Shedding Tears, Having Fun, Saving Lives

Jared Leto and Matthew McConaughey in Jean-Marc Vallée’s “Dallas Buyers Club.” | FOCUS FEATURES

Jared Leto and Matthew McConaughey in Jean-Marc Vallée’s “Dallas Buyers Club.” | FOCUS FEATURES

BY GARY M. KRAMER | Ron Woodroof (Matthew McConaughey), the HIV-positive protagonist of “Dallas Buyers Club,” is a scrawny electrician who works hard and plays harder. In the opening moments, he is seen having sex during a rodeo competition and placing bad bets on cowboys. When the riders fail to last eight seconds, Ron’s creditors chase him. He seeks escape by punching a cop (Steve Zahn) so he will be arrested in order to extricate himself from a bad situation.

That Ron schemes to make fast cash — and skirts the law to keep it — is at the core of “Dallas Buyers Club,” an impressive, comic, and heartfelt film about people with AIDS in the 1980s coordinating the distribution of unapproved medical treatments because pharmaceutical companies and the FDA are moving too slowly.

McConaughey’s performance is remarkable, Oscar-worthy, and certainly Oscar-baiting. The Texas actor, who transformed himself by losing considerable weight to play Ron, relishes his role. He walks around all cocky, strutting about in a cowboy hat and donning a priest’s vestments when undercover transporting drugs across the border.

McConaughey, Leto shine in passionate, at times comic take on desperate ‘80s search for AIDS meds

When Ron is diagnosed with HIV early in the film, he is shocked, especially when his doctors (Denis O’Hare and Jennifer Garner) inform him that he has a T-cell count of only 9 and just 30 days to live. He is also dumbfounded that people think he’s gay. A homophobe who voices crude barbs about Rock Hudson’s sexuality, Ron says that even though he has been handed a death sentence, he isn’t interested in attending support group meetings “to get a hug from a bunch of faggots.”

“Dallas Buyers Club,” is the story of how Ron transforms himself — as well as the lives of many other people living with AIDS. He educates himself on AIDS treatments and gives a hospital janitor money to get his hands on AZT being used in clinical tries there. When he can’t secure more AZT, Ron is directed to go to Mexico, where a crafty doctor (Griffin Dunne), whose license has been revoked, helps him get his hands on medications not allowed in the US.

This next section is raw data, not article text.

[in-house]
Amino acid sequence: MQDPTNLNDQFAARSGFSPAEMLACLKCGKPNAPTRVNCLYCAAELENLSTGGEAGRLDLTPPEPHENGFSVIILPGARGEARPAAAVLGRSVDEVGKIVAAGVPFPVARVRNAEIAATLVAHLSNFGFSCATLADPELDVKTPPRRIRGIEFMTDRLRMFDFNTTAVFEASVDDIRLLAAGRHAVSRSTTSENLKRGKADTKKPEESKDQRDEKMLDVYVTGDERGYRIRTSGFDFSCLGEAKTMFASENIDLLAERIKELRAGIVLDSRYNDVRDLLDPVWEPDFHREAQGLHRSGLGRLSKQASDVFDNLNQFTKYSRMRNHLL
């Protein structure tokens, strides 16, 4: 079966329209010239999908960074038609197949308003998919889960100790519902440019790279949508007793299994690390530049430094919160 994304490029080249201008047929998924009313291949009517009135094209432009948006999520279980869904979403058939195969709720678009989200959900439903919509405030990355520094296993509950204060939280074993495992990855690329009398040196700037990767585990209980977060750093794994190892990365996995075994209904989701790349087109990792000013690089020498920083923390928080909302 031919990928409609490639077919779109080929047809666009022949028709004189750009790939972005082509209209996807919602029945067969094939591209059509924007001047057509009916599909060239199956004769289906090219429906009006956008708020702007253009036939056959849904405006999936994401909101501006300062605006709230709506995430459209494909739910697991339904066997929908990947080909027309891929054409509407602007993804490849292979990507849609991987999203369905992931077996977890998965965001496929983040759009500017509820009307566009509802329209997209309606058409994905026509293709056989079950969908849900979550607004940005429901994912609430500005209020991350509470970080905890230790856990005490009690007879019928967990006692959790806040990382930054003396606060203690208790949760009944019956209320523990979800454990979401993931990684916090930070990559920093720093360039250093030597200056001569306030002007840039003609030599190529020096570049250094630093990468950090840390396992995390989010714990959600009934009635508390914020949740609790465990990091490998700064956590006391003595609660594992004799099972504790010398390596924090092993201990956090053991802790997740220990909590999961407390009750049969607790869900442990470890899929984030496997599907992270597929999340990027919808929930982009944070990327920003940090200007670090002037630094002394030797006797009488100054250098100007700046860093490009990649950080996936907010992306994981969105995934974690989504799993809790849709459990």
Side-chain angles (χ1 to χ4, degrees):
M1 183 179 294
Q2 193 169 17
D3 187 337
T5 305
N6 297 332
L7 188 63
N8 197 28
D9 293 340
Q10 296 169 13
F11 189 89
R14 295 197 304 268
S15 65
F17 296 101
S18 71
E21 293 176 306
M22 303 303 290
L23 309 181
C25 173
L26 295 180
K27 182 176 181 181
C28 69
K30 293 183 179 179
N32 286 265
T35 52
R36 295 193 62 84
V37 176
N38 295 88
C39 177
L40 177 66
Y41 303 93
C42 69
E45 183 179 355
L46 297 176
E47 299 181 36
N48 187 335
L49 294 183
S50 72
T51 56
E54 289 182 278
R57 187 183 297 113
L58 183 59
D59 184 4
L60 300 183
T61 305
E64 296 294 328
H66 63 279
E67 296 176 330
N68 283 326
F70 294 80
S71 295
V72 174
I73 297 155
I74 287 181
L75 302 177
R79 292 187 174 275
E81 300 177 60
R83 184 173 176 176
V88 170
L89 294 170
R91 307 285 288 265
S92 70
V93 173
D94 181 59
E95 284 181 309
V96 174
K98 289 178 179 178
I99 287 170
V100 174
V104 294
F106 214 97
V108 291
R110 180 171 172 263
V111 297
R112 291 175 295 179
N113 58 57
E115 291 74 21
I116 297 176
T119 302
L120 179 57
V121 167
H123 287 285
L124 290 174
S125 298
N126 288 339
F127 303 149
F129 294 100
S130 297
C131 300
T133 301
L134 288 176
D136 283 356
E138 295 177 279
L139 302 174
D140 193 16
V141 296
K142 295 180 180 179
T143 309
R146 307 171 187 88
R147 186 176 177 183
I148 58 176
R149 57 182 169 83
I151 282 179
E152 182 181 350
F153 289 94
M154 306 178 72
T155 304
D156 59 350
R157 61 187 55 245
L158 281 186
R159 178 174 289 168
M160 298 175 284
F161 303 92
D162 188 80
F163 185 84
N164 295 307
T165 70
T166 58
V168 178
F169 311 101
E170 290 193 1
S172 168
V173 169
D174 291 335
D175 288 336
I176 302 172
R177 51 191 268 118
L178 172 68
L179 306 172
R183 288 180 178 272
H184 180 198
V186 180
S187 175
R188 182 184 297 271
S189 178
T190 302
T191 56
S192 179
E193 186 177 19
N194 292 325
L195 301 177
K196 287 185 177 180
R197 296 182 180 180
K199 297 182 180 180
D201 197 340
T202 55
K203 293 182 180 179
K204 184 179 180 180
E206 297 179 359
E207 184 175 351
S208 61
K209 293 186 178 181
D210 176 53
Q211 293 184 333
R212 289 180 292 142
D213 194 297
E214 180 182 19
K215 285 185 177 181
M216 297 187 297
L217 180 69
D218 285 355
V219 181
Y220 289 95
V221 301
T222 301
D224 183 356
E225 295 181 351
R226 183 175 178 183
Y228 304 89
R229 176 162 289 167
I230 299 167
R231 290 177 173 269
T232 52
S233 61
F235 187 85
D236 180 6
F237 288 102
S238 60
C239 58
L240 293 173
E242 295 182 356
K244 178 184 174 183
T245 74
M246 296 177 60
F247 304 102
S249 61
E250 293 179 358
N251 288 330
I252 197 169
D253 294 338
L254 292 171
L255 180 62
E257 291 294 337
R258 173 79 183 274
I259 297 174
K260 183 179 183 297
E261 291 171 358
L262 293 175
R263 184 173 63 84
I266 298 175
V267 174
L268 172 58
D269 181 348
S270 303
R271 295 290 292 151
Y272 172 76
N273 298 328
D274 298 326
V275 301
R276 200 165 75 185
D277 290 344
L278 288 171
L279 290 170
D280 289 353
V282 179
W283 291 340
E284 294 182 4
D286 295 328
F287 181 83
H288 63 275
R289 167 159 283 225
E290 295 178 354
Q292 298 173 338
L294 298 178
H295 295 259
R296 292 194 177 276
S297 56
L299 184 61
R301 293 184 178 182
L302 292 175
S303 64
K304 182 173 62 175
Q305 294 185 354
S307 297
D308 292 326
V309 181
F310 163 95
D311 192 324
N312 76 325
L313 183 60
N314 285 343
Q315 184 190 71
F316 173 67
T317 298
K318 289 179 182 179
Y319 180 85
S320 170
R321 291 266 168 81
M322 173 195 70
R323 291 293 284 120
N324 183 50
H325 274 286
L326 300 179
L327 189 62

In fact, Ron suffers some medical setbacks, and during one stay in the hospital, he meets Rayon (Jared Leto), a transsexual AIDS patient. The two dislike each other, but form an uneasy friendship that soon turns into a useful business arrangement. Ron secures his medication, and Rayon secures the clients. The pair form the eponymous buyers club, a subscription-based service that dispenses free medication to members who buy in.

“Dallas Buyers Club” makes Ron and Rayon’s story compelling because the film creates a sense of urgency around their situation. Ron becomes increasingly empowered as his life is extended months, even years past his initial 30-day diagnosis. His buyers club efforts, however, soon draw scrutiny from the FDA, the IRS, and others who want to shut down his operation. Ron’s wiliness in extricating himself from a variety of sticky situations is a bit part of the charm of McConaughey’s performance.

When Rayon and Ron run into an old friend of Ron’s who has avoided him since he disclosed his HIV status, the man makes a disparaging remark about Rayon. When Ron strong-arms him into shaking Rayon’s hand, we see how the heart of a one-time homophobe has become less hateful.

Rayon humanizes not just Ron but “Dallas Buyers Club” as well. The character, a drug addict, could easily have been a caricature, but Rayon instead proves to be a compelling co-conspirator. The love-hate relationship between Rayon and Ron brings out the best — and worst — in both of them.

Less successful is the relationship between Ron and Dr. Eve Saks (Garner), which moves from simple flirting to the doctor’s willing and unwilling support of Ron’s drug import efforts. Garner is disappointingly wooden in her role, making it the film’s greatest weakness.

McConaughey, on his own is fantastic; it is great fun to watch him chasing AZT with a beer and a line of coke and, also, fighting back passionately against the FDA representative trying to shutter the operation. Leto provides memorable support in his role, looking far better in a dress than in an ill-fitting suit.

DALLAS BUYERS CLUB | Directed by Jean-Marc Vallée | Focus Features | Opens Nov. 1 | AMC Loews Village 7 | 66 Third Ave. at 11th St. | AMC Loews Lincoln Square, 1998 Broadway at 68th St. | | Chelsea Cinemas, 260 W. 23rd St. |